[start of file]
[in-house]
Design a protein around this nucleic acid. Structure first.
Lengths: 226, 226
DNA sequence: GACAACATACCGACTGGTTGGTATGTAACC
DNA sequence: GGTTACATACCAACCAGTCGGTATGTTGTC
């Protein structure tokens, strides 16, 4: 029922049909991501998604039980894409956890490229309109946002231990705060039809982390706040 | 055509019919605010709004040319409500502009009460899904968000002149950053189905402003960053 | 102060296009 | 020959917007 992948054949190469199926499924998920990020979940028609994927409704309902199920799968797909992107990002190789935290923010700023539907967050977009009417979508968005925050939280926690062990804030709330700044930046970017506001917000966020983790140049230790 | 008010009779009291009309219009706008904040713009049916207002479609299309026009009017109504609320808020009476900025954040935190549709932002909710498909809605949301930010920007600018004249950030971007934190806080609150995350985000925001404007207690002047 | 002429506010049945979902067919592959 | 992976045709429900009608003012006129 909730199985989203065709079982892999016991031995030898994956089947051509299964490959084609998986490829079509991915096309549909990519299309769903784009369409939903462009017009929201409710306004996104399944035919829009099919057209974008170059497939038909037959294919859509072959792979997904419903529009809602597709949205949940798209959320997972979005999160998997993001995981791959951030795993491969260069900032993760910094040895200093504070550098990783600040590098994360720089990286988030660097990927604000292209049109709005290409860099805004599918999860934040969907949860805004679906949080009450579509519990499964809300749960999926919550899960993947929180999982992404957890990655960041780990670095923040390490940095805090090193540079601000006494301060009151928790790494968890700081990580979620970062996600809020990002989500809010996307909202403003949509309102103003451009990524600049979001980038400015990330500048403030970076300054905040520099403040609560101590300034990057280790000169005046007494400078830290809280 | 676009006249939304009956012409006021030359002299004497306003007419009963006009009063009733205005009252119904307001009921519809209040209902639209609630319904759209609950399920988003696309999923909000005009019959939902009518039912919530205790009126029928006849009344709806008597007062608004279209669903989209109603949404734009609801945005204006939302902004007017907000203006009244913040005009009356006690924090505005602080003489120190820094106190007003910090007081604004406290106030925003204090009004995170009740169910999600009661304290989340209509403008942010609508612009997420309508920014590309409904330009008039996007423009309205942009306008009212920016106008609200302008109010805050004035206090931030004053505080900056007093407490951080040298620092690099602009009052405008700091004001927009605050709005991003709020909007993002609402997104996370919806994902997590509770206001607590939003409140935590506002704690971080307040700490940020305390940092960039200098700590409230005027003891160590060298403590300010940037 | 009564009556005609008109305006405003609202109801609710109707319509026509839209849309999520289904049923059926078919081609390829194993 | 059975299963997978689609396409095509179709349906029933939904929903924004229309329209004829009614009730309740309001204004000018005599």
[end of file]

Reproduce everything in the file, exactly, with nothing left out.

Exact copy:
[in-house]
Design a protein around this nucleic acid. Structure first.
Lengths: 226, 226
DNA sequence: GACAACATACCGACTGGTTGGTATGTAACC
DNA sequence: GGTTACATACCAACCAGTCGGTATGTTGTC
């Protein structure tokens, strides 16, 4: 029922049909991501998604039980894409956890490229309109946002231990705060039809982390706040 | 055509019919605010709004040319409500502009009460899904968000002149950053189905402003960053 | 102060296009 | 020959917007 992948054949190469199926499924998920990020979940028609994927409704309902199920799968797909992107990002190789935290923010700023539907967050977009009417979508968005925050939280926690062990804030709330700044930046970017506001917000966020983790140049230790 | 008010009779009291009309219009706008904040713009049916207002479609299309026009009017109504609320808020009476900025954040935190549709932002909710498909809605949301930010920007600018004249950030971007934190806080609150995350985000925001404007207690002047 | 002429506010049945979902067919592959 | 992976045709429900009608003012006129 909730199985989203065709079982892999016991031995030898994956089947051509299964490959084609998986490829079509991915096309549909990519299309769903784009369409939903462009017009929201409710306004996104399944035919829009099919057209974008170059497939038909037959294919859509072959792979997904419903529009809602597709949205949940798209959320997972979005999160998997993001995981791959951030795993491969260069900032993760910094040895200093504070550098990783600040590098994360720089990286988030660097990927604000292209049109709005290409860099805004599918999860934040969907949860805004679906949080009450579509519990499964809300749960999926919550899960993947929180999982992404957890990655960041780990670095923040390490940095805090090193540079601000006494301060009151928790790494968890700081990580979620970062996600809020990002989500809010996307909202403003949509309102103003451009990524600049979001980038400015990330500048403030970076300054905040520099403040609560101590300034990057280790000169005046007494400078830290809280 | 676009006249939304009956012409006021030359002299004497306003007419009963006009009063009733205005009252119904307001009921519809209040209902639209609630319904759209609950399920988003696309999923909000005009019959939902009518039912919530205790009126029928006849009344709806008597007062608004279209669903989209109603949404734009609801945005204006939302902004007017907000203006009244913040005009009356006690924090505005602080003489120190820094106190007003910090007081604004406290106030925003204090009004995170009740169910999600009661304290989340209509403008942010609508612009997420309508920014590309409904330009008039996007423009309205942009306008009212920016106008609200302008109010805050004035206090931030004053505080900056007093407490951080040298620092690099602009009052405008700091004001927009605050709005991003709020909007993002609402997104996370919806994902997590509770206001607590939003409140935590506002704690971080307040700490940020305390940092960039200098700590409230005027003891160590060298403590300010940037 | 009564009556005609008109305006405003609202109801609710109707319509026509839209849309999520289904049923059926078919081609390829194993 | 059975299963997978689609396409095509179709349906029933939904929903924004229309329209004829009614009730309740309001204004000018005599």